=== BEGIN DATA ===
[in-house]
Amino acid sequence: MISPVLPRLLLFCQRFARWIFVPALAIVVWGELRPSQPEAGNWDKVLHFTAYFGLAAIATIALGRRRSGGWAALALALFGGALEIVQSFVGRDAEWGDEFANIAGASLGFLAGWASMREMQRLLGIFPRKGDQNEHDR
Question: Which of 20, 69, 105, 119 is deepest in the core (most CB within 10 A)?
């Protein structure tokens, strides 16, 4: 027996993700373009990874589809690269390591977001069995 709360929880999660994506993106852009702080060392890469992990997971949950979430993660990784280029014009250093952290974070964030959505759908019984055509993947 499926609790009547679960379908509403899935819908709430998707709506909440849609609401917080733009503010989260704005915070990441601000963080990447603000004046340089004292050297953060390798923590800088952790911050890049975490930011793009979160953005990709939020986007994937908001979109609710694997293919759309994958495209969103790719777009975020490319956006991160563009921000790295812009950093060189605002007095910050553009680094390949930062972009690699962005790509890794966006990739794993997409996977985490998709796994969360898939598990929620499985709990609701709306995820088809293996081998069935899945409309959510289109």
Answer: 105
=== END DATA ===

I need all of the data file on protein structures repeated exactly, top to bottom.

[in-house]
Amino acid sequence: MISPVLPRLLLFCQRFARWIFVPALAIVVWGELRPSQPEAGNWDKVLHFTAYFGLAAIATIALGRRRSGGWAALALALFGGALEIVQSFVGRDAEWGDEFANIAGASLGFLAGWASMREMQRLLGIFPRKGDQNEHDR
Question: Which of 20, 69, 105, 119 is deepest in the core (most CB within 10 A)?
């Protein structure tokens, strides 16, 4: 027996993700373009990874589809690269390591977001069995 709360929880999660994506993106852009702080060392890469992990997971949950979430993660990784280029014009250093952290974070964030959505759908019984055509993947 499926609790009547679960379908509403899935819908709430998707709506909440849609609401917080733009503010989260704005915070990441601000963080990447603000004046340089004292050297953060390798923590800088952790911050890049975490930011793009979160953005990709939020986007994937908001979109609710694997293919759309994958495209969103790719777009975020490319956006991160563009921000790295812009950093060189605002007095910050553009680094390949930062972009690699962005790509890794966006990739794993997409996977985490998709796994969360898939598990929620499985709990609701709306995820088809293996081998069935899945409309959510289109």
Answer: 105